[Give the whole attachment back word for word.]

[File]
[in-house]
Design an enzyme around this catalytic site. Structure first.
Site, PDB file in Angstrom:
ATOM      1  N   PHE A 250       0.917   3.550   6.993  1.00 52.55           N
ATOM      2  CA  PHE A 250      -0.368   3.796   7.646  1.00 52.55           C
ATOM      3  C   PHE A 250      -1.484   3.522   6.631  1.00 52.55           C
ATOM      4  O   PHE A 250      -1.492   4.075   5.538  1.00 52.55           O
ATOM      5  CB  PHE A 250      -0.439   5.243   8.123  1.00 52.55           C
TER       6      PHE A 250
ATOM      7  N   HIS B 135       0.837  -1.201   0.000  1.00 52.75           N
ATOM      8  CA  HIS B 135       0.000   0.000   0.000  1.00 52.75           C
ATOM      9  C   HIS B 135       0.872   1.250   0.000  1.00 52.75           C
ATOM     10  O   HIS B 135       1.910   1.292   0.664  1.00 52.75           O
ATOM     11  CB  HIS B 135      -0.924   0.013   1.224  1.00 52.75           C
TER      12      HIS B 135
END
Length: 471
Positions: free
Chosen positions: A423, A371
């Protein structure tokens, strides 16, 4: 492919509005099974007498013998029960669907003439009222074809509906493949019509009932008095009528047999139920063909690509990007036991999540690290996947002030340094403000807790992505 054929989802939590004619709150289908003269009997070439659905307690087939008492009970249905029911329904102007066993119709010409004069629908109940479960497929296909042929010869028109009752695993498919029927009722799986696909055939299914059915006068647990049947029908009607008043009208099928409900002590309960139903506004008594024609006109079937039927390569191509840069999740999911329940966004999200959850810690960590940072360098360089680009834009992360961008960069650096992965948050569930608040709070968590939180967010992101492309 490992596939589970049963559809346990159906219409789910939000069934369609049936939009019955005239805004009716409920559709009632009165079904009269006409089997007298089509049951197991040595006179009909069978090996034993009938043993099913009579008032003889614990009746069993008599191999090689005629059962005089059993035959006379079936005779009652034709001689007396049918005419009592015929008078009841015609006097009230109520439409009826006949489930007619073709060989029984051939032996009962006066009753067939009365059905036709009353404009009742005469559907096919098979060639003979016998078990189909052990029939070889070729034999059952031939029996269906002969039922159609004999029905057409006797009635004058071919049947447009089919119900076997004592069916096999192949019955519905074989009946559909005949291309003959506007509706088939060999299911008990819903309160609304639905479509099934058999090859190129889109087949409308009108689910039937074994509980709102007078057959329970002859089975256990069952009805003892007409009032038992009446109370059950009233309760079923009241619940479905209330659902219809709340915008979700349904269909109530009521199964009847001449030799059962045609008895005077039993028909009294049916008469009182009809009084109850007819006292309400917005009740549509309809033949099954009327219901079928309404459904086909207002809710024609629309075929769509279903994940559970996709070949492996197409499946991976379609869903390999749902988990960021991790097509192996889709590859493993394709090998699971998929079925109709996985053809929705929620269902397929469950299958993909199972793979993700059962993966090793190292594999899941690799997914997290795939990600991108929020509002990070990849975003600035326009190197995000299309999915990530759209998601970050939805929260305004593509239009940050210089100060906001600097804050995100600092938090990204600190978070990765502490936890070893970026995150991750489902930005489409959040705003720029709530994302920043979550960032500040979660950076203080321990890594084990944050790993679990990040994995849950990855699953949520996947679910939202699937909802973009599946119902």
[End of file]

[in-house]
Design an enzyme around this catalytic site. Structure first.
Site, PDB file in Angstrom:
ATOM      1  N   PHE A 250       0.917   3.550   6.993  1.00 52.55           N
ATOM      2  CA  PHE A 250      -0.368   3.796   7.646  1.00 52.55           C
ATOM      3  C   PHE A 250      -1.484   3.522   6.631  1.00 52.55           C
ATOM      4  O   PHE A 250      -1.492   4.075   5.538  1.00 52.55           O
ATOM      5  CB  PHE A 250      -0.439   5.243   8.123  1.00 52.55           C
TER       6      PHE A 250
ATOM      7  N   HIS B 135       0.837  -1.201   0.000  1.00 52.75           N
ATOM      8  CA  HIS B 135       0.000   0.000   0.000  1.00 52.75           C
ATOM      9  C   HIS B 135       0.872   1.250   0.000  1.00 52.75           C
ATOM     10  O   HIS B 135       1.910   1.292   0.664  1.00 52.75           O
ATOM     11  CB  HIS B 135      -0.924   0.013   1.224  1.00 52.75           C
TER      12      HIS B 135
END
Length: 471
Positions: free
Chosen positions: A423, A371
């Protein structure tokens, strides 16, 4: 492919509005099974007498013998029960669907003439009222074809509906493949019509009932008095009528047999139920063909690509990007036991999540690290996947002030340094403000807790992505 054929989802939590004619709150289908003269009997070439659905307690087939008492009970249905029911329904102007066993119709010409004069629908109940479960497929296909042929010869028109009752695993498919029927009722799986696909055939299914059915006068647990049947029908009607008043009208099928409900002590309960139903506004008594024609006109079937039927390569191509840069999740999911329940966004999200959850810690960590940072360098360089680009834009992360961008960069650096992965948050569930608040709070968590939180967010992101492309 490992596939589970049963559809346990159906219409789910939000069934369609049936939009019955005239805004009716409920559709009632009165079904009269006409089997007298089509049951197991040595006179009909069978090996034993009938043993099913009579008032003889614990009746069993008599191999090689005629059962005089059993035959006379079936005779009652034709001689007396049918005419009592015929008078009841015609006097009230109520439409009826006949489930007619073709060989029984051939032996009962006066009753067939009365059905036709009353404009009742005469559907096919098979060639003979016998078990189909052990029939070889070729034999059952031939029996269906002969039922159609004999029905057409006797009635004058071919049947447009089919119900076997004592069916096999192949019955519905074989009946559909005949291309003959506007509706088939060999299911008990819903309160609304639905479509099934058999090859190129889109087949409308009108689910039937074994509980709102007078057959329970002859089975256990069952009805003892007409009032038992009446109370059950009233309760079923009241619940479905209330659902219809709340915008979700349904269909109530009521199964009847001449030799059962045609008895005077039993028909009294049916008469009182009809009084109850007819006292309400917005009740549509309809033949099954009327219901079928309404459904086909207002809710024609629309075929769509279903994940559970996709070949492996197409499946991976379609869903390999749902988990960021991790097509192996889709590859493993394709090998699971998929079925109709996985053809929705929620269902397929469950299958993909199972793979993700059962993966090793190292594999899941690799997914997290795939990600991108929020509002990070990849975003600035326009190197995000299309999915990530759209998601970050939805929260305004593509239009940050210089100060906001600097804050995100600092938090990204600190978070990765502490936890070893970026995150991750489902930005489409959040705003720029709530994302920043979550960032500040979660950076203080321990890594084990944050790993679990990040994995849950990855699953949520996947679910939202699937909802973009599946119902």